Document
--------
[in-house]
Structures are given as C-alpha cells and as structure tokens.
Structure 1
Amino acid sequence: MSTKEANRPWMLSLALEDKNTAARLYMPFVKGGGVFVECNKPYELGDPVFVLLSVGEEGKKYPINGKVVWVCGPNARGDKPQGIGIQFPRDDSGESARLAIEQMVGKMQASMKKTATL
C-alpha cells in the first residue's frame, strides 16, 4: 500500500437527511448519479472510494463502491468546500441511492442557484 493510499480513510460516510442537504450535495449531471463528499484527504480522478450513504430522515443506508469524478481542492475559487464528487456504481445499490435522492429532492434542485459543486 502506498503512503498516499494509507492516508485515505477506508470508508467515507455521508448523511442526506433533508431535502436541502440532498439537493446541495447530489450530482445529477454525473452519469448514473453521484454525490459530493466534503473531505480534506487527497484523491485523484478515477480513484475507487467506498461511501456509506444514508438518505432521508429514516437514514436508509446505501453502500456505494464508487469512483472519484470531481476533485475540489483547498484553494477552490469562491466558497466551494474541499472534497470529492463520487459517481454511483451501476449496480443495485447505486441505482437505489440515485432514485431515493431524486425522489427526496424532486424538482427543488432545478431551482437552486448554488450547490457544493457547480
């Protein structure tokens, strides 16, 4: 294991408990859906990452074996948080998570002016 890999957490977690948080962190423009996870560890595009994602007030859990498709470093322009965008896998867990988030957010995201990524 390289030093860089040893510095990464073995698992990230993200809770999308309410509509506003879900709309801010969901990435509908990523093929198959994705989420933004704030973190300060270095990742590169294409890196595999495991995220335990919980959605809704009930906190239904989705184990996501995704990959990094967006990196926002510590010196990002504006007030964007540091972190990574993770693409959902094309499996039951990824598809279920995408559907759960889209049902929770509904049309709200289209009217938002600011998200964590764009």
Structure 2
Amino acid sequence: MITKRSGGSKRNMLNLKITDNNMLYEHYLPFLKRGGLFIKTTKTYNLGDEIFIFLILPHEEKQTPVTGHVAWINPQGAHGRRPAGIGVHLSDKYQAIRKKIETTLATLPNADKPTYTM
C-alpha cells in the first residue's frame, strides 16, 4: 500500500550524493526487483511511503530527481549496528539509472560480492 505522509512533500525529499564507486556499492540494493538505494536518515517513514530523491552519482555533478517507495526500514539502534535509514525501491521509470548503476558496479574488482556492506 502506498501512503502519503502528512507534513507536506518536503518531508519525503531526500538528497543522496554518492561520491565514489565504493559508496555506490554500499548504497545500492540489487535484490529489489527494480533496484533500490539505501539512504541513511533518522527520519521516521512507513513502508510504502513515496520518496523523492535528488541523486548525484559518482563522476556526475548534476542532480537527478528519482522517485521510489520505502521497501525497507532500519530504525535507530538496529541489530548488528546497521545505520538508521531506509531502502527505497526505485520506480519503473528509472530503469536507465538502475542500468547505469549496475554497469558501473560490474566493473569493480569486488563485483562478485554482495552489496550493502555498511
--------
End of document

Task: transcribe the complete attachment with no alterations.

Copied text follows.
[in-house]
Structures are given as C-alpha cells and as structure tokens.
Structure 1
Amino acid sequence: MSTKEANRPWMLSLALEDKNTAARLYMPFVKGGGVFVECNKPYELGDPVFVLLSVGEEGKKYPINGKVVWVCGPNARGDKPQGIGIQFPRDDSGESARLAIEQMVGKMQASMKKTATL
C-alpha cells in the first residue's frame, strides 16, 4: 500500500437527511448519479472510494463502491468546500441511492442557484 493510499480513510460516510442537504450535495449531471463528499484527504480522478450513504430522515443506508469524478481542492475559487464528487456504481445499490435522492429532492434542485459543486 502506498503512503498516499494509507492516508485515505477506508470508508467515507455521508448523511442526506433533508431535502436541502440532498439537493446541495447530489450530482445529477454525473452519469448514473453521484454525490459530493466534503473531505480534506487527497484523491485523484478515477480513484475507487467506498461511501456509506444514508438518505432521508429514516437514514436508509446505501453502500456505494464508487469512483472519484470531481476533485475540489483547498484553494477552490469562491466558497466551494474541499472534497470529492463520487459517481454511483451501476449496480443495485447505486441505482437505489440515485432514485431515493431524486425522489427526496424532486424538482427543488432545478431551482437552486448554488450547490457544493457547480
């Protein structure tokens, strides 16, 4: 294991408990859906990452074996948080998570002016 890999957490977690948080962190423009996870560890595009994602007030859990498709470093322009965008896998867990988030957010995201990524 390289030093860089040893510095990464073995698992990230993200809770999308309410509509506003879900709309801010969901990435509908990523093929198959994705989420933004704030973190300060270095990742590169294409890196595999495991995220335990919980959605809704009930906190239904989705184990996501995704990959990094967006990196926002510590010196990002504006007030964007540091972190990574993770693409959902094309499996039951990824598809279920995408559907759960889209049902929770509904049309709200289209009217938002600011998200964590764009």
Structure 2
Amino acid sequence: MITKRSGGSKRNMLNLKITDNNMLYEHYLPFLKRGGLFIKTTKTYNLGDEIFIFLILPHEEKQTPVTGHVAWINPQGAHGRRPAGIGVHLSDKYQAIRKKIETTLATLPNADKPTYTM
C-alpha cells in the first residue's frame, strides 16, 4: 500500500550524493526487483511511503530527481549496528539509472560480492 505522509512533500525529499564507486556499492540494493538505494536518515517513514530523491552519482555533478517507495526500514539502534535509514525501491521509470548503476558496479574488482556492506 502506498501512503502519503502528512507534513507536506518536503518531508519525503531526500538528497543522496554518492561520491565514489565504493559508496555506490554500499548504497545500492540489487535484490529489489527494480533496484533500490539505501539512504541513511533518522527520519521516521512507513513502508510504502513515496520518496523523492535528488541523486548525484559518482563522476556526475548534476542532480537527478528519482522517485521510489520505502521497501525497507532500519530504525535507530538496529541489530548488528546497521545505520538508521531506509531502502527505497526505485520506480519503473528509472530503469536507465538502475542500468547505469549496475554497469558501473560490474566493473569493480569486488563485483562478485554482495552489496550493502555498511